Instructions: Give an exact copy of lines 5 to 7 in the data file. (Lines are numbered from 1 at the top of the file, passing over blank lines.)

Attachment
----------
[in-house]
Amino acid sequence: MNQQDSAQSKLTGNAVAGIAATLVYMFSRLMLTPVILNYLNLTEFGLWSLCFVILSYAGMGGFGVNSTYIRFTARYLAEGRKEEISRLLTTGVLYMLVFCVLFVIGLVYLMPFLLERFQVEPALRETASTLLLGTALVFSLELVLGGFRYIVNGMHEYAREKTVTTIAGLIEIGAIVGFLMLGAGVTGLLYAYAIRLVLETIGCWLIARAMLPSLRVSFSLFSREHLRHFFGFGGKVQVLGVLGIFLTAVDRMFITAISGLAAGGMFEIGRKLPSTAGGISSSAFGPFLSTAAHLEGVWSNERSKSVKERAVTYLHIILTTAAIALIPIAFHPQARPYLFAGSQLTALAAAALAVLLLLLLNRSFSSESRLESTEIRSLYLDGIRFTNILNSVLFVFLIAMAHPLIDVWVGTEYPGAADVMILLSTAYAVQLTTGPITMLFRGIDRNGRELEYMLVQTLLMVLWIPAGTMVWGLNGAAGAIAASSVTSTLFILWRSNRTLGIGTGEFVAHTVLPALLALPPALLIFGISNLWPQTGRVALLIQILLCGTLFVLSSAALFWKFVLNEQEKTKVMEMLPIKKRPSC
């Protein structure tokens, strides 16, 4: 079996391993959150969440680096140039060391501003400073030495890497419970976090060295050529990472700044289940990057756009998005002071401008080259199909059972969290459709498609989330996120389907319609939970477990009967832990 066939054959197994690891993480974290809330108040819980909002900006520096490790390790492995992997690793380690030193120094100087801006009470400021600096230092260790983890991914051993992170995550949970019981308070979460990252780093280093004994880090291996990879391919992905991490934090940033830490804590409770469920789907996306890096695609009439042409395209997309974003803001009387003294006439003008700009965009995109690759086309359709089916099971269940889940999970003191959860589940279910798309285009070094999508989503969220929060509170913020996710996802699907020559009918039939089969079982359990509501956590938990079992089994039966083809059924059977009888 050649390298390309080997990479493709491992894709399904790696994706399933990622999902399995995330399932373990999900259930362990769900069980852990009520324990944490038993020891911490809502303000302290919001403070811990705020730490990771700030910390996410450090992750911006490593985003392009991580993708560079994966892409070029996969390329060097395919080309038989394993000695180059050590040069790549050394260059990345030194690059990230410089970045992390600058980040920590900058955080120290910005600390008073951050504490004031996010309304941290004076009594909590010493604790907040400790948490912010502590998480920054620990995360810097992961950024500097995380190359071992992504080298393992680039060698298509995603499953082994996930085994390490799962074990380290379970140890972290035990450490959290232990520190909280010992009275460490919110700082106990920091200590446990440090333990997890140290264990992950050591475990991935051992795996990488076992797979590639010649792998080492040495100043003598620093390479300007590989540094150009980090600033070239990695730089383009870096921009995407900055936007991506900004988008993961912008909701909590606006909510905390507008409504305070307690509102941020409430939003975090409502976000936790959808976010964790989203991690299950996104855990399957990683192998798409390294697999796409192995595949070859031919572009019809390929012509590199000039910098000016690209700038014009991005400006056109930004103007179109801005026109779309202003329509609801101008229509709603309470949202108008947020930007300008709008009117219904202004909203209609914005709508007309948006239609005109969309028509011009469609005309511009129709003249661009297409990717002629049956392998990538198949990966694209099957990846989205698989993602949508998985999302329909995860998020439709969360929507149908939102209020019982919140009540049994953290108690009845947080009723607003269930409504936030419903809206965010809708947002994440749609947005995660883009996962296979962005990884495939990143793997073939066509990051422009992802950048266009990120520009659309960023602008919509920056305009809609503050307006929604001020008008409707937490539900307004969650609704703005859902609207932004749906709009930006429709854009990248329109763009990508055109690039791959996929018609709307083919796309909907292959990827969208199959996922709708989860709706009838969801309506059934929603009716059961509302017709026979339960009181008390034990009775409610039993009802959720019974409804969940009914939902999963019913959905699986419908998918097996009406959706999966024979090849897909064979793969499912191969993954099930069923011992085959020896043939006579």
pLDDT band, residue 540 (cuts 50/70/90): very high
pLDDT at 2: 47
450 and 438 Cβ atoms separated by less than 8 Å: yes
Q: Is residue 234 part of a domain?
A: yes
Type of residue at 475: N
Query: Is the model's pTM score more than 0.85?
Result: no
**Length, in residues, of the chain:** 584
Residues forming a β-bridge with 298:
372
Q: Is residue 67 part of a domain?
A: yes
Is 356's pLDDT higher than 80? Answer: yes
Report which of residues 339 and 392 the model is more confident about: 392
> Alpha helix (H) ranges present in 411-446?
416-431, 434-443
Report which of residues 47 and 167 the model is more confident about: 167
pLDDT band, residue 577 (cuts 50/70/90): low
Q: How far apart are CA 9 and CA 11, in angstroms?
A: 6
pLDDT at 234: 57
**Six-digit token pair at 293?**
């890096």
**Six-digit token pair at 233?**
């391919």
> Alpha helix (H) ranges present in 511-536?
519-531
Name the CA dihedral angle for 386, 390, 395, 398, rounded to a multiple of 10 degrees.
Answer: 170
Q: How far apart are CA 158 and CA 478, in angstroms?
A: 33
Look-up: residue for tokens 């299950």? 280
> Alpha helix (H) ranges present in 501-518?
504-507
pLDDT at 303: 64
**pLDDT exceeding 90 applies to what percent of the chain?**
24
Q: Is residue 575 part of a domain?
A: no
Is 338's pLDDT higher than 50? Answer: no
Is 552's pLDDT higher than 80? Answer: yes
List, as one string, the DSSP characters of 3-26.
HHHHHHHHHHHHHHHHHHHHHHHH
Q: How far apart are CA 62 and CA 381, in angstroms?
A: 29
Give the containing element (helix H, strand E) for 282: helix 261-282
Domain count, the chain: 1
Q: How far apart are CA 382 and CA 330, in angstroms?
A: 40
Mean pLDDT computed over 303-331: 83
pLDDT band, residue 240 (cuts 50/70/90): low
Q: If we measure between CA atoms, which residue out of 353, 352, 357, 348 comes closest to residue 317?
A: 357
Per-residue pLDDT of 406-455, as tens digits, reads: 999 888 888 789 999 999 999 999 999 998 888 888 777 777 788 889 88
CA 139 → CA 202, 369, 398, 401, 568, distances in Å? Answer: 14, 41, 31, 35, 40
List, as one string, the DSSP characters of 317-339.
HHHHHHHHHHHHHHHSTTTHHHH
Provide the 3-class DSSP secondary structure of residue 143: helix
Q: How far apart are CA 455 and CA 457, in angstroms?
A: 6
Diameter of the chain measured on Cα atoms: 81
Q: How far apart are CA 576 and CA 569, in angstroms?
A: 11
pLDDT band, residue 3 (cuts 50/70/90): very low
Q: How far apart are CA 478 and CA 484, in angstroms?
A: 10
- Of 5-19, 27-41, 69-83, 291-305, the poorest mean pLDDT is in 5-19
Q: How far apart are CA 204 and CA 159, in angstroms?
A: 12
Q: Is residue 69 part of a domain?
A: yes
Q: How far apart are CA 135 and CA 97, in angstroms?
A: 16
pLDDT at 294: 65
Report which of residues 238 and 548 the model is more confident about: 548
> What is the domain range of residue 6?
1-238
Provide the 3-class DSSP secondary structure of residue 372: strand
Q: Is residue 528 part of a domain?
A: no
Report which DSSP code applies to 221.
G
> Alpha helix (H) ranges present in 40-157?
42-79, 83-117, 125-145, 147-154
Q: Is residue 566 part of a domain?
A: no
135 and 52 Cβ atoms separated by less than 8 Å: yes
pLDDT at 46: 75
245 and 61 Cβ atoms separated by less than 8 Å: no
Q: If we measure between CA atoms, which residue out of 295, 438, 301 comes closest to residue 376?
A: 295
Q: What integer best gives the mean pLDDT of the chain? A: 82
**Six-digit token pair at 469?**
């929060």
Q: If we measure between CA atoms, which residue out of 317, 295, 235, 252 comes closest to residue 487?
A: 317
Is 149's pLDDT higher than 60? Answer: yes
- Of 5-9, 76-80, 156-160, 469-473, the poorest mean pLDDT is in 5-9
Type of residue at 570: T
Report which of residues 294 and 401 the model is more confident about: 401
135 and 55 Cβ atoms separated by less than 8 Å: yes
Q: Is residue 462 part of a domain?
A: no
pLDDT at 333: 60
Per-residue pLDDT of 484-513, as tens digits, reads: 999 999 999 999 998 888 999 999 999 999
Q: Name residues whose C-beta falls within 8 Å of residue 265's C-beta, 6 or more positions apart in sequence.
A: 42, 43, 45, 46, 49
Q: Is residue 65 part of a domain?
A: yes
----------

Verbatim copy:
pLDDT at 2: 47
450 and 438 Cβ atoms separated by less than 8 Å: yes
Q: Is residue 234 part of a domain?